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A person who is ignorant7 in the sense of never having considered the ris07 will not be rash (PP v. !i)atun B !! C). J*C contends that it would be 9out of line with the structure of the Code and unduly restrictive to insist on the recognition of death:< o 3ne can be found guilty of culpable homicide even if he has not contemplated death. o *any cases address the ,uestion of advertence to ris0 in more general terms (e.g. dangerous or wanton act in 'm(ress v. Idu Be%). o 5est of negligence under s. )!"A is generally couched in terms of the foreseeability of death or in-ury. Fault type 4egligence 2ashness Premise of criminal ,lamewort#iness 3b-ective standard of conduct AccusedFs actual 0nowledge of the ris0 of harm produced by his conduct (sub-ective) 4o rashness when accused ,elie0ed that he had ta0en precautions which completely remo0ed any ris% of #arm because then the accused would not 0now of the ris0 (if so7 negligence for failure to meet to the ob-ective standard of conductD)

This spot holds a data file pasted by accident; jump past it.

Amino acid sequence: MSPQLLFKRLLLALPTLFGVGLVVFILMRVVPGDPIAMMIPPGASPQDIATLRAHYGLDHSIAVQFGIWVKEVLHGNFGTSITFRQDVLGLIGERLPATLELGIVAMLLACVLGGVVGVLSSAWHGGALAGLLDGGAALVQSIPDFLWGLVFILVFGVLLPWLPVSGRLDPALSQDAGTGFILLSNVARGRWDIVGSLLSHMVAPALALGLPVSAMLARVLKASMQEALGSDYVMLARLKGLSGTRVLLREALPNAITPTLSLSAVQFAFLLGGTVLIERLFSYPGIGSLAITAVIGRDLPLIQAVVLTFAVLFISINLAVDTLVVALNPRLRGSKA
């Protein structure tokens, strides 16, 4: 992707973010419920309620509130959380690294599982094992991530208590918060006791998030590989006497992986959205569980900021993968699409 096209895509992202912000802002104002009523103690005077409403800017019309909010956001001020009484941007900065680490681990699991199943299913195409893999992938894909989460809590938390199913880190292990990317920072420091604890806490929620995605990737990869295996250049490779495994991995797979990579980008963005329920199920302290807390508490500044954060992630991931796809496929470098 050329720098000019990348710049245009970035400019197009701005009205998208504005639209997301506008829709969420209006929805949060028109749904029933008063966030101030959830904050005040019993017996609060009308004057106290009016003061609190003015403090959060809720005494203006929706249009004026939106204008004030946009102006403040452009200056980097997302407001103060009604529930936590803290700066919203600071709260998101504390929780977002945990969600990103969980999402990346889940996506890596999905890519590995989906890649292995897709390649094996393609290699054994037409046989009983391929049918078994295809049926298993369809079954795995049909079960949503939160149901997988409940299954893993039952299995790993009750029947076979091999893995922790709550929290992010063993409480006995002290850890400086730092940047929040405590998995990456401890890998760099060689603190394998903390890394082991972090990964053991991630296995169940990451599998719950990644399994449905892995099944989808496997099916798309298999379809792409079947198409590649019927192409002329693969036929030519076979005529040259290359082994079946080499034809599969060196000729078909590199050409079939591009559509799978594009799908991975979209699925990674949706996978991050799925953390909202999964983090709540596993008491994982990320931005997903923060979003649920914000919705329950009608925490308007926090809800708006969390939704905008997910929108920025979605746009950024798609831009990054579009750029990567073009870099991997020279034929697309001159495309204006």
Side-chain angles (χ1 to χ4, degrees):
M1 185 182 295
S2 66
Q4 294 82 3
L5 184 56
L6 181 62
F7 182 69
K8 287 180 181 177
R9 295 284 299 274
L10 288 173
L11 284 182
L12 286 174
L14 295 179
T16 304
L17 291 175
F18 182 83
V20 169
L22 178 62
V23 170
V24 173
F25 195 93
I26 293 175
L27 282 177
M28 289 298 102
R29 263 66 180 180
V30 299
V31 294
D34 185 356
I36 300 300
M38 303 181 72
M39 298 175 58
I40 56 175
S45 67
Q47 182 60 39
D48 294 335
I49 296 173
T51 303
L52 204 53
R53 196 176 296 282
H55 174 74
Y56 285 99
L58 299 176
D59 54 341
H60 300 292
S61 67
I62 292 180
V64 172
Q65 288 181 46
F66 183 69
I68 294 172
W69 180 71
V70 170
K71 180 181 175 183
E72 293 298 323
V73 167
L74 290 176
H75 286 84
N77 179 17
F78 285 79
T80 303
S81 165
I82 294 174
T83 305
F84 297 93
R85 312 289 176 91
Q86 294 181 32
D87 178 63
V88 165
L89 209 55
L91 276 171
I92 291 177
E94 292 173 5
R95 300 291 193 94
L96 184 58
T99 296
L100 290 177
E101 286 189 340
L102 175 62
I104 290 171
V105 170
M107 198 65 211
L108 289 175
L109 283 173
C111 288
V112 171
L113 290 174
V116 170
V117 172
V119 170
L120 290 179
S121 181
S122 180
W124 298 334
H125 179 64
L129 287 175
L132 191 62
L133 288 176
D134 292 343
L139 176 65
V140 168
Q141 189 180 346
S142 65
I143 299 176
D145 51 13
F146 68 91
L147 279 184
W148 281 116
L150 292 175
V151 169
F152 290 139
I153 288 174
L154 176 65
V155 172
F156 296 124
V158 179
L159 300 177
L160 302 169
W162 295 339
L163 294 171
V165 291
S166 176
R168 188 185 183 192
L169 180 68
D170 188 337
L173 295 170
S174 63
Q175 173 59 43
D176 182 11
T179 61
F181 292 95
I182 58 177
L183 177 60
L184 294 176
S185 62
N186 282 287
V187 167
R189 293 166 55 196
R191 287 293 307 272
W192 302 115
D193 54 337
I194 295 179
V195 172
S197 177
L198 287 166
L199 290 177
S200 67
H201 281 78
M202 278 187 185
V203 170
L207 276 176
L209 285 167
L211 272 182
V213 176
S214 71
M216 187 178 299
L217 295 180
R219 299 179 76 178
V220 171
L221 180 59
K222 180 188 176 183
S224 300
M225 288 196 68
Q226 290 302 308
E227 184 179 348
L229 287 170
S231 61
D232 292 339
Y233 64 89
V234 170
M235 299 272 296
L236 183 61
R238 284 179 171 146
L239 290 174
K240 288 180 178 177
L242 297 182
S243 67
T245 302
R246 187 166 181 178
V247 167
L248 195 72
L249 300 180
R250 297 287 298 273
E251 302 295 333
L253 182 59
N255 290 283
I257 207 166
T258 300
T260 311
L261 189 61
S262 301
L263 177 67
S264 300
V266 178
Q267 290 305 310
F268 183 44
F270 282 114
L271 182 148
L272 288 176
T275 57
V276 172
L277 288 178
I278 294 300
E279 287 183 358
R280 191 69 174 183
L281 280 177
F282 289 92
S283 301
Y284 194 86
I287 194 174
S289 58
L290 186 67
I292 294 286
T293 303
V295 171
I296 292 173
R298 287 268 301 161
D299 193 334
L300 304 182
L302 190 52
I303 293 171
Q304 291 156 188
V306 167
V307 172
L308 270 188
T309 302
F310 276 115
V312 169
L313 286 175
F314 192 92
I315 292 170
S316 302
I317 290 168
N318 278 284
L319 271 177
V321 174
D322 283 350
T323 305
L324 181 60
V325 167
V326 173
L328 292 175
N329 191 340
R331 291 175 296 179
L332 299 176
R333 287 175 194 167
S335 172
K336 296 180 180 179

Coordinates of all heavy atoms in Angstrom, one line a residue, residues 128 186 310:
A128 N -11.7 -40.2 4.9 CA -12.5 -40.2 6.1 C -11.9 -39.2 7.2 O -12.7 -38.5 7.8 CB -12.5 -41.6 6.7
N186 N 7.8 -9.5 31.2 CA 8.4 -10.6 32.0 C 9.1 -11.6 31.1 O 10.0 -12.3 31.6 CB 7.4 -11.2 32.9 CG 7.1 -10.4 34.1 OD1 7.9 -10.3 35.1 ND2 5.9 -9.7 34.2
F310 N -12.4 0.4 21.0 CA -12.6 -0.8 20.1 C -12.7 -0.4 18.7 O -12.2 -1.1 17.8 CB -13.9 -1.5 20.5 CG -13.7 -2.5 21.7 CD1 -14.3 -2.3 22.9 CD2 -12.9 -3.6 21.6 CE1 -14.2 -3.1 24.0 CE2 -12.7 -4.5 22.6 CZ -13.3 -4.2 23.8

$ Bala0rishnan and Another v ?? B !!(C Gacts 3ffence / 6efence Commando dun0ing 0illed & trainee ($%5 1u) and grievously hurt another (C?5 1o). Abetment by illegal omission for &st accused (course commander) and abetment by instigation for nd accused (supervising officer) 1st accused # inter alia7 that (c) dun0ing was permitted by the training rules7 and in any case7 an act not in compliance with the training rules was not a rash act under the ?C 2nd accused # inter alia7 that (c) that he had not been rash or negligent /hether the dun0ing amounts to a rash act under s))> ?C Issue of culpable rashness @mpress of India v Idu Beg< Criminal rashness is haOarding a dan erous or wanton act with the 0nowledge that it is so7 and that it may cause in-ury7 but wit#out intention to cause in-ury7 or %nowled e that it will probably be caused. 5he criminality lies in running the ris0 of doing such an act with rec0lessness or indifference as to the conse,uences. ?? v 5eo ?oh Heng approving 1olloway I in 2e 4idamarti 4agabhushanam< Culpable rashness is acting with the consciousness that the mischievous and illegal conse,uences may follow7 but with the hope that they will not7 and often with the belief that the actor has ta0en sufficient precaution to prevent their happening. 5he imputability arises from actin despite t#e consciousness (lu8uria).